Intensive care: Patients' experiences

Attitudes to life during and after recovery

Admission to an intensive care unit can have a huge impact on a person's life, as well as on their families. Most people said their experience of critical illness affected them in many ways, whether they'd been admitted to ICU as emergencies or after planned surgery. Critical illness can be a worrying, frightening event in a person's life and many said, although they were 'moving on' or had moved on, it wasn't an experience they'd ever forget. For some, the longer-term effects of critical illness included making changes to the way they lived their lives once they were well enough to do things. For others it involved making changes when they first recovered and then, over time, reverting to how life used to be before their illness. Yet others said that, while their illness had interrupted their lives, they were now 'back to normal' or looking forward to getting back to normal. Here people talk about the effects of their illness or injuries on their daily lives, aside from physical and emotional recovery. 

Many people said that being 'so close to death' had made them value life more and they now wanted to enjoy it and make the most of every day. Some saw their recovery as 'a second chance' at living life to the full. Many said they'd become less materialistic, realising how precious life was and that it could be 'taken from you' without any warning. Some noted that, when they were first able to do normal daily activities, they 'wanted to change everything'.

Some people said their hospital experience had made them realise just how important the people in their lives were, including partners, children and friends.

Some also discussed the personality changes they'd made as a result of being ill, a few saying they were now more open about their feelings.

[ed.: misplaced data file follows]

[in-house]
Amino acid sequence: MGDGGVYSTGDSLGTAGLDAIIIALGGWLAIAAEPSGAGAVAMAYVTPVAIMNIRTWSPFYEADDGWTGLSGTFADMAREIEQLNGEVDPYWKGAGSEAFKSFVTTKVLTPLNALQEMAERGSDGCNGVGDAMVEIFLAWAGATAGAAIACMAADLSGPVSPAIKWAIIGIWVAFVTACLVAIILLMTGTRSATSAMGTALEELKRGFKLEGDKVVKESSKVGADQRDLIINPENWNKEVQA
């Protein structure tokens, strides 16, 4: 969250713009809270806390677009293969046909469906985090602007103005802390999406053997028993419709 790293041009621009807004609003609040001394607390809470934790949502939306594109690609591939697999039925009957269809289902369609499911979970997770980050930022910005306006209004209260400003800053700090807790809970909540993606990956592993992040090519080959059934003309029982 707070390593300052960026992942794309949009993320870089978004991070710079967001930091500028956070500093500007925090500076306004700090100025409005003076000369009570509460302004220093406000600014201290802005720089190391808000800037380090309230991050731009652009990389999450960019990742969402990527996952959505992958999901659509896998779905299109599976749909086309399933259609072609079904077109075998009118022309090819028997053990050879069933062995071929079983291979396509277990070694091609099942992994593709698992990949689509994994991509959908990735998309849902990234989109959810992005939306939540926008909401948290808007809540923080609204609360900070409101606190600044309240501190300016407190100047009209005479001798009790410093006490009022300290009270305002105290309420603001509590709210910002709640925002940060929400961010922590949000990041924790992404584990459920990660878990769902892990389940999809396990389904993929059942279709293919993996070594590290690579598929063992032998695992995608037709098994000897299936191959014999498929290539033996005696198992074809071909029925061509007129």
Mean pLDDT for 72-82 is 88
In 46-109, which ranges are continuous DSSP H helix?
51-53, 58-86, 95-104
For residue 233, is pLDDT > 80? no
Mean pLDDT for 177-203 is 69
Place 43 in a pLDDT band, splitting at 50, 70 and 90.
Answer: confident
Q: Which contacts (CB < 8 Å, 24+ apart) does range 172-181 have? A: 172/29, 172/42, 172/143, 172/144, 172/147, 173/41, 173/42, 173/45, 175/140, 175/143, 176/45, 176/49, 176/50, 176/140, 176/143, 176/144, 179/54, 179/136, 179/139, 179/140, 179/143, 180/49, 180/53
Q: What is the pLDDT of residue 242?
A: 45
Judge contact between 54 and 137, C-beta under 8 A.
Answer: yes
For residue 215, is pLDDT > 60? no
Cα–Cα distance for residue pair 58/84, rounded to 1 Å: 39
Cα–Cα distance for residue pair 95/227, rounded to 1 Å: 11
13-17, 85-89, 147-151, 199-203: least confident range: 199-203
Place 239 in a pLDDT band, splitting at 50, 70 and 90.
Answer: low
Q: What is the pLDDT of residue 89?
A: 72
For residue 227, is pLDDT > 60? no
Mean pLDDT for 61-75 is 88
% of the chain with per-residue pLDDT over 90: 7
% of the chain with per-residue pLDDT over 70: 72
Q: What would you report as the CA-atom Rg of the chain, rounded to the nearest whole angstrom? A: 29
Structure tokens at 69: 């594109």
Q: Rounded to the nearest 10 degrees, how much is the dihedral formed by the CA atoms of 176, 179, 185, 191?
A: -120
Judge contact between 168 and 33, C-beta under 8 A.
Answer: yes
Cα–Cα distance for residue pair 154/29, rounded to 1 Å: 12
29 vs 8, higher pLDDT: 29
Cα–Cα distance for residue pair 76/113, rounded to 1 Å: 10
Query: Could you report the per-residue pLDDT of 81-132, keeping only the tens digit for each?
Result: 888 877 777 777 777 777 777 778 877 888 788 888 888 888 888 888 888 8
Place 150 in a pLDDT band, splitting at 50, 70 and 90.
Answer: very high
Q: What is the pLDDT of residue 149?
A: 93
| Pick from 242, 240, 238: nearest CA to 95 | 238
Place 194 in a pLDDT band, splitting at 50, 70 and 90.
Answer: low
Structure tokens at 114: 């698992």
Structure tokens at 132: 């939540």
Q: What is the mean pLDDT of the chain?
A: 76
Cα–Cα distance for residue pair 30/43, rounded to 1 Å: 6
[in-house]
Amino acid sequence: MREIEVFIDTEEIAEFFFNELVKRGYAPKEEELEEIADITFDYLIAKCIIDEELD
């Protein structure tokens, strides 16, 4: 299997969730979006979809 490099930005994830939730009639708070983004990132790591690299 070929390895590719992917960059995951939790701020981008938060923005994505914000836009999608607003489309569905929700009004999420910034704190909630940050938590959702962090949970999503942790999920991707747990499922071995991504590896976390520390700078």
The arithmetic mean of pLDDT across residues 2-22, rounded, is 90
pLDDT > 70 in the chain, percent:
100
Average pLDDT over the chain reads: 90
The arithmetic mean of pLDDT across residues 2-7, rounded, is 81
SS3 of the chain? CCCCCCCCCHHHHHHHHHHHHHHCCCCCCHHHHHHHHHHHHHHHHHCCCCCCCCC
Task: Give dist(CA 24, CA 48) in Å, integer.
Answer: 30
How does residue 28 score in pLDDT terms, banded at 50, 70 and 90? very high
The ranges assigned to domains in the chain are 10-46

Several said they'd made or were planning to make changes in terms of work, some wanting to do more meaningful work or 'give something back' (see 'Impact on work'). Others made changes to affect their physical health. Some stopped smoking, changed their diets or exercised more. One man, who wanted cleaner, fresher air because he had asthma, moved to a house by the sea. Another said that he'd gained more weight than ever before and looked better for it.

One woman said that, although she now appreciated life more and wanted to focus on enjoying it, her husband's experience had been completely different to her own and he was less keen on the changes she had in mind. She also felt more afraid of growing old and losing control.

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For some, the ICU experience strengthened or re-ignited their passion for their spiritual beliefs, re-affirming the importance of life and their purpose in it. One man said his experience had encouraged him to meditate.

Some people said that, when they first recovered, they made changes to the way they lived but had 'gone back to normal' with time. One of these people said that, often, it was only when he looked at his ICU diary that he remembered what he'd been through again.

Some people said their experience of critical illness hadn't led them to making any changes and that, after recovering, they were keen to resume life as normal. Others, who were still regaining full strength and mobility, said they looked forward to getting back to the life they had before their illness.

For some, other effects on daily life included fears about getting ill again. A few felt that they'd moved on from their illness but they didn't want to forget that it had ever happened. While difficult, it was a part of their lives and 'not something that ever goes away'.

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Last reviewed May 2015.

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